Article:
Stores and malls in San Francisco, Los Angeles, Chicago and other metropolitan areas have been the targets of flash mob robberies, break-ins and vandalism.
Specialists who spoke with The Hill said that the uptick of online shopping during the pandemic has added to the increase in these kinds of wrongdoings.
Police recovered thousands of dollars worth of merchandise after retailers like Burberry, Bloomingdale’s and other high-end stories in San Francisco were robbed. Between 20 and 30 people stripped a Best Buy on Black Friday in Burnsville, Minn., located over 15 miles south of Minneapolis. In Chicago, four smash-and-grab incidents took place between Thanksgiving and Black Friday at a Canada Goose store, a Foot Locker location, a North Face retailer and a cell phone shop.
Michael Hanson, the senior executive vice president for public affairs at the Retail Industry Leaders Association and a spokesperson for the Buy Safe America Coalition, told The Hill that the recent surge in organized retail crime across the U.S. has been partially prompted by the COVID-19 pandemic.
With a notable portion of customers staying in their homes and changing to online shopping, Hanson said perpetrators of organized retail crime are seizing the chance to sell stolen goods to a larger audience — a pattern that contributes to an increase in crime.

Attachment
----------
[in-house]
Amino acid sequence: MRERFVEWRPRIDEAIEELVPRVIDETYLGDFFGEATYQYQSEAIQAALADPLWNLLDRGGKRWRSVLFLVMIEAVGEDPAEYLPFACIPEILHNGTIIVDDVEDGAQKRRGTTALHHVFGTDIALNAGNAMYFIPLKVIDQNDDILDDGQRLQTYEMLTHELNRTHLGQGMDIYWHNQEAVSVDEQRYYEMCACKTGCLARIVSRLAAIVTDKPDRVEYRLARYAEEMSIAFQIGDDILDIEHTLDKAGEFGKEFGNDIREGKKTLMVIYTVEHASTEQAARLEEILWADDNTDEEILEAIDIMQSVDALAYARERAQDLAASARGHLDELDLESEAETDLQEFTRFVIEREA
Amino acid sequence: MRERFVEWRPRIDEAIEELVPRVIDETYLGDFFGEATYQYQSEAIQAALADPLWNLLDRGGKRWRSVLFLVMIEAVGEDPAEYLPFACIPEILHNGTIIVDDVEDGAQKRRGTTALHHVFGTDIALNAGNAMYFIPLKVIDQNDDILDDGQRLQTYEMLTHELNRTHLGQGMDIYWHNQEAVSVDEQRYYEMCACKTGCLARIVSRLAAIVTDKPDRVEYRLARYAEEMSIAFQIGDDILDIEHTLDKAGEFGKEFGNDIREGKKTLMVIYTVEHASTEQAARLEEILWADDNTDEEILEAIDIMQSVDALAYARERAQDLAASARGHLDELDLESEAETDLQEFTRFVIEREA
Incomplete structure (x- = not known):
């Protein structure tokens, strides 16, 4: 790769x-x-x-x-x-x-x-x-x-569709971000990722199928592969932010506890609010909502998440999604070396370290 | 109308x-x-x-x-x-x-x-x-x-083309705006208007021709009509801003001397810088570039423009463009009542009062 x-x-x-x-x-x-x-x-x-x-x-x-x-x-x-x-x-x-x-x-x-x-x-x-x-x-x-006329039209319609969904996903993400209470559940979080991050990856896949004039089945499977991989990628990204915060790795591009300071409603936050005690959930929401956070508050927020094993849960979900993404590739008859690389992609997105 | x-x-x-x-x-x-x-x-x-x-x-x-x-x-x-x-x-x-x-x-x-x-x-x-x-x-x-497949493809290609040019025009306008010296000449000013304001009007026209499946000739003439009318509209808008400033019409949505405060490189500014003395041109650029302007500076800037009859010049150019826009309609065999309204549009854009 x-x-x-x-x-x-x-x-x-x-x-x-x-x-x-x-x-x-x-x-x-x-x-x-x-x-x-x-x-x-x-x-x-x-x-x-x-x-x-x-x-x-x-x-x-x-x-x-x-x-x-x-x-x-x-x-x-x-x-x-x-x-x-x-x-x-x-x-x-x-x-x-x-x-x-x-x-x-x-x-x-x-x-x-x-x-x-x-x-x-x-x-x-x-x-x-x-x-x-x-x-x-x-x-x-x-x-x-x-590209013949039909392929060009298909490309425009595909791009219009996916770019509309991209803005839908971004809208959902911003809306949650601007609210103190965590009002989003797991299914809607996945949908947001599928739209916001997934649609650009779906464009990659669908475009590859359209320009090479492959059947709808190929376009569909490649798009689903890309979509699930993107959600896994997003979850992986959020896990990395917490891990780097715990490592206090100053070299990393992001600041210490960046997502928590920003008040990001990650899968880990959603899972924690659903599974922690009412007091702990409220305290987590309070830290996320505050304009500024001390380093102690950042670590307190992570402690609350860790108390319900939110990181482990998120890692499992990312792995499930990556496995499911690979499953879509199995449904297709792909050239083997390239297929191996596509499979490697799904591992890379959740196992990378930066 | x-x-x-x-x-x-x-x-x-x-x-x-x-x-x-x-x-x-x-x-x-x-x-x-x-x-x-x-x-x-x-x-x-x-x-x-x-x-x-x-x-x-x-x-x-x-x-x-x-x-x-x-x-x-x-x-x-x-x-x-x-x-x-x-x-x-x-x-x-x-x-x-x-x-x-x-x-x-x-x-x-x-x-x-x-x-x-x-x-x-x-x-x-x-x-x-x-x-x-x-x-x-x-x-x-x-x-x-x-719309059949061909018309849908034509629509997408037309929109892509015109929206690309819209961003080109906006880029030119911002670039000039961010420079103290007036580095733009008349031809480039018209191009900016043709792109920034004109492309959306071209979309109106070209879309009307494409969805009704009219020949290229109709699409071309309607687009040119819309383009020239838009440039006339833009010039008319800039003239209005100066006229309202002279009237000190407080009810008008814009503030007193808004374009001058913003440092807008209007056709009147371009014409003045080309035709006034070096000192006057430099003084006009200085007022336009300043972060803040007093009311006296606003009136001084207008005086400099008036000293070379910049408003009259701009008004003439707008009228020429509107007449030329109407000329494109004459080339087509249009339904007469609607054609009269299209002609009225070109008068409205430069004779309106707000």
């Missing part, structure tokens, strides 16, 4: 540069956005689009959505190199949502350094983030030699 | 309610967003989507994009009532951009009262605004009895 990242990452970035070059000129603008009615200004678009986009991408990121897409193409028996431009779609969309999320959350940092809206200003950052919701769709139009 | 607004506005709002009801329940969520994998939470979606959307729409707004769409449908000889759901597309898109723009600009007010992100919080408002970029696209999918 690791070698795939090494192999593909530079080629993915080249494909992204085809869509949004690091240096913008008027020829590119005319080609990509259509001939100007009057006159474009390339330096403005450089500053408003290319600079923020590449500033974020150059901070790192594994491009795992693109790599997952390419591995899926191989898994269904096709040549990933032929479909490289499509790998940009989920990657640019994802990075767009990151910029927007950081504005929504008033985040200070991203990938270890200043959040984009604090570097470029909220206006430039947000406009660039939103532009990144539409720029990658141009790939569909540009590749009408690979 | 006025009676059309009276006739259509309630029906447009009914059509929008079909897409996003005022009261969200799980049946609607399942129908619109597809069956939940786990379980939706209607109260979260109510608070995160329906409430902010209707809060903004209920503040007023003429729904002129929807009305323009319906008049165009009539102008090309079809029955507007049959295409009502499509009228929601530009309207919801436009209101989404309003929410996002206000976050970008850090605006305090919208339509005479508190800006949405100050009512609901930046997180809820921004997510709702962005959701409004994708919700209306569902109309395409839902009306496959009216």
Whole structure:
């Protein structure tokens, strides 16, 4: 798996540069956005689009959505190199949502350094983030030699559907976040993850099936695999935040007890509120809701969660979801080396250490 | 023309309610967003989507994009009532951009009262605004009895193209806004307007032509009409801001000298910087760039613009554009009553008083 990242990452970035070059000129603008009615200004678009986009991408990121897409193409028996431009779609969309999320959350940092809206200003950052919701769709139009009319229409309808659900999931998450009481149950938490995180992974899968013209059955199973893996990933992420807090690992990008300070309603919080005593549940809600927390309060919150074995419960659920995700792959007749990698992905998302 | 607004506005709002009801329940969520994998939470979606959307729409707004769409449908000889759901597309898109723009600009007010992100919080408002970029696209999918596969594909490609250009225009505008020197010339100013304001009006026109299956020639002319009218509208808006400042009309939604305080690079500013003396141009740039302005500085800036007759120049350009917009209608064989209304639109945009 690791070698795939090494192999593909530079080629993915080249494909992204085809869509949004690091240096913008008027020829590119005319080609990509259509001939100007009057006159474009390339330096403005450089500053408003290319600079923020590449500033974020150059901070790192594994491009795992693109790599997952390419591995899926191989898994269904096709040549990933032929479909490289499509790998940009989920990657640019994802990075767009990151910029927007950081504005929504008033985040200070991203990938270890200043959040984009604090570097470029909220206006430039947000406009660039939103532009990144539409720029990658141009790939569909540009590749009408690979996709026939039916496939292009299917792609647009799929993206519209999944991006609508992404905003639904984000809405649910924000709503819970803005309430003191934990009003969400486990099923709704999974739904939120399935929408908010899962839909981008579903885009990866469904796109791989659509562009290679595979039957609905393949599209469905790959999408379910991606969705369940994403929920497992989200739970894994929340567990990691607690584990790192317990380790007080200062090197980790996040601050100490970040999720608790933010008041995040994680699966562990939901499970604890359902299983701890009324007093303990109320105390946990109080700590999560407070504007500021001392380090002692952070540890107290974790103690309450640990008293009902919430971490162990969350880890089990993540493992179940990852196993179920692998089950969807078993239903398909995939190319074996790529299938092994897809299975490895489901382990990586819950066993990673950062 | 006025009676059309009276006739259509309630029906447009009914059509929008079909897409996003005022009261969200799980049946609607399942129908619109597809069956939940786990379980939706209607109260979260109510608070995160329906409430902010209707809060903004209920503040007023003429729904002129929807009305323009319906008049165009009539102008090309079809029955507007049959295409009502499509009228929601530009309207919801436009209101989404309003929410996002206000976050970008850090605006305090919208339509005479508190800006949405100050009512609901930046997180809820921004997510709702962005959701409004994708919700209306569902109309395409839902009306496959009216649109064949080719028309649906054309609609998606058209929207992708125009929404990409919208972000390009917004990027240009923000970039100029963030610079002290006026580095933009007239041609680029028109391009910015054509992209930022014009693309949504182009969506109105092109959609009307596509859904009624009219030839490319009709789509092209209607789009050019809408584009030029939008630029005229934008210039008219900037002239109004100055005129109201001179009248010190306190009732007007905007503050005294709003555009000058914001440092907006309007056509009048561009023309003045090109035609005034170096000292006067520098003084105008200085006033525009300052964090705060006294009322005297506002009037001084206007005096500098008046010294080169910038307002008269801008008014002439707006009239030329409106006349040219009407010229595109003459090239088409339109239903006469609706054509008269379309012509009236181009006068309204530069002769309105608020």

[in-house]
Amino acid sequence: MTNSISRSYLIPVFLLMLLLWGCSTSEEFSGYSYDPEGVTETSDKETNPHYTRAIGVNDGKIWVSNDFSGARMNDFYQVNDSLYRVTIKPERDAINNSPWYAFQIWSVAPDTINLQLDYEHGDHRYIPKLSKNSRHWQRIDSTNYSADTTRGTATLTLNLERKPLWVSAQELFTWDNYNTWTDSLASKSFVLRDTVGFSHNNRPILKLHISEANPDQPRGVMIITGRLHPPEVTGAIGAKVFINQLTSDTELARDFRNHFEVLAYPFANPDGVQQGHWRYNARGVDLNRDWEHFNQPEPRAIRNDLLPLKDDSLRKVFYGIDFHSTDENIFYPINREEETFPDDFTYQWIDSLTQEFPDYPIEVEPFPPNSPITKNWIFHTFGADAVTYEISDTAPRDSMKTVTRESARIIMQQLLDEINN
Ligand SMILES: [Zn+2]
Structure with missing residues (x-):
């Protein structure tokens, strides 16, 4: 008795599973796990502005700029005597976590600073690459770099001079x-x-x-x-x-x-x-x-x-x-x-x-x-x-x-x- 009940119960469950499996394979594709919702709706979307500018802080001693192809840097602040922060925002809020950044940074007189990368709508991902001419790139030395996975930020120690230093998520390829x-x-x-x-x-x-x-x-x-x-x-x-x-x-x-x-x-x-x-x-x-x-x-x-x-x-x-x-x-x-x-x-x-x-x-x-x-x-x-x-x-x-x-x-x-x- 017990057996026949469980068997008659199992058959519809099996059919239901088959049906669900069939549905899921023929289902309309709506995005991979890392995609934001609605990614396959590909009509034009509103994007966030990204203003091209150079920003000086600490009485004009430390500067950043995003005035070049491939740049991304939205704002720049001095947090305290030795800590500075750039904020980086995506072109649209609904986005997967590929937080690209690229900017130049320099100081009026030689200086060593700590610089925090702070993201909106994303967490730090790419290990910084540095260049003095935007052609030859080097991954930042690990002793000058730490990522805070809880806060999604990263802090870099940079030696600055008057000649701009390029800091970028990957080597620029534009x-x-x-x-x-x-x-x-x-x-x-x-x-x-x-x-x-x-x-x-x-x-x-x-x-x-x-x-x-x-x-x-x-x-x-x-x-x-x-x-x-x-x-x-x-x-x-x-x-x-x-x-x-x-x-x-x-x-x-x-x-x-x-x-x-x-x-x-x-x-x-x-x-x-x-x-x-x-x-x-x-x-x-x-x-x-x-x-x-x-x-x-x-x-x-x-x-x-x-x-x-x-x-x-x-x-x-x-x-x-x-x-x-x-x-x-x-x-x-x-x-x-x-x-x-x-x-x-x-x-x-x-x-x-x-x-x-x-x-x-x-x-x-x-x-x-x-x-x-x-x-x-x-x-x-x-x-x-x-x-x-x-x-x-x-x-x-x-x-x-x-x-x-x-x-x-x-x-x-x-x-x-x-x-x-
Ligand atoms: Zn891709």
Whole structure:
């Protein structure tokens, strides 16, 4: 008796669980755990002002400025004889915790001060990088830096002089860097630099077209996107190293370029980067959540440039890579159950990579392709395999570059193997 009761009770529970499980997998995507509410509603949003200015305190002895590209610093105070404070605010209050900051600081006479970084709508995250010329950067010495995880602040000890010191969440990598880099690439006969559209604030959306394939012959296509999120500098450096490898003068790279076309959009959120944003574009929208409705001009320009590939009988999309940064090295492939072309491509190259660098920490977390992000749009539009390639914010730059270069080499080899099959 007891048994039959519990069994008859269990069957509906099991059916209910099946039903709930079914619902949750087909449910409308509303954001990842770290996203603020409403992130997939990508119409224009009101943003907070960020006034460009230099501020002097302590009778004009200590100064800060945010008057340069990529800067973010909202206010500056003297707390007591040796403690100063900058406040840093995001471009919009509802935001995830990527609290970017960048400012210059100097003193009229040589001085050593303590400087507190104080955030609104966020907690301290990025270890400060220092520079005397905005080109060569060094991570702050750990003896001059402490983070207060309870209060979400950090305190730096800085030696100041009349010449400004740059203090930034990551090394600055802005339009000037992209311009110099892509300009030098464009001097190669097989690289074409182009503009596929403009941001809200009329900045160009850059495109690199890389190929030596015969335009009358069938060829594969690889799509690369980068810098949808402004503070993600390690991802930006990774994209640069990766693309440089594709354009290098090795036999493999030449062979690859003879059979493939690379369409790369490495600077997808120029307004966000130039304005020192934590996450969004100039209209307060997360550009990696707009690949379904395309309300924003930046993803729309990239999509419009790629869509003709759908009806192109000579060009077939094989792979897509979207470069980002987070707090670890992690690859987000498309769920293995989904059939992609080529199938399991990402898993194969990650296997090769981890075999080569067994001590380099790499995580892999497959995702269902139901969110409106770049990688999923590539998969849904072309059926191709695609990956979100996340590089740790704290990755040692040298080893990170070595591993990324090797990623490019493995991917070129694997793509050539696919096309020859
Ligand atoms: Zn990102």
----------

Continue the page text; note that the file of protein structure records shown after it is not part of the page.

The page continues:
“Criminals saw that [increase in online shopping] and said,‘Oh my gosh, more people are shopping online, let’s go get more and more products to sell on marketplaces because we can make a lot of money,’” Hanson said.
“And I think that’s why you’ve seen this increase in organized crime since the pandemic, just because there are more people shopping online and criminals are seeing an opening to sell both stolen and counterfeit goods because there’s a bigger market,” he added.
A report published in November by the Retail Industry Leaders Association and the Buy Safe America Coalition said that asset protection professionals and law enforcement officials believe that changes in how shoplifting and other non-violent crimes are prosecuted are factors in rising in-store theft in recent years.
According to the document, several states have increased the felony threshold for shoplifting due to overpopulation in prisons, which the report says is “effectively decriminalizing” robberies in some areas.
“The overcrowding of jails led many states to raise felony thresholds for shoplifting, or have eliminated cash bail for non-violent crimes, effectively decriminalizing theft in some jurisdictions, thus leading to fewer arrests and fewer prosecutions,” the report reads.
“This shift in prosecution has led existing organized criminal enterprises, gangs, mafias, and syndicates that traditionally monetized their efforts with violent and drug-related income to shift their criminal operations to attack retail,” it adds.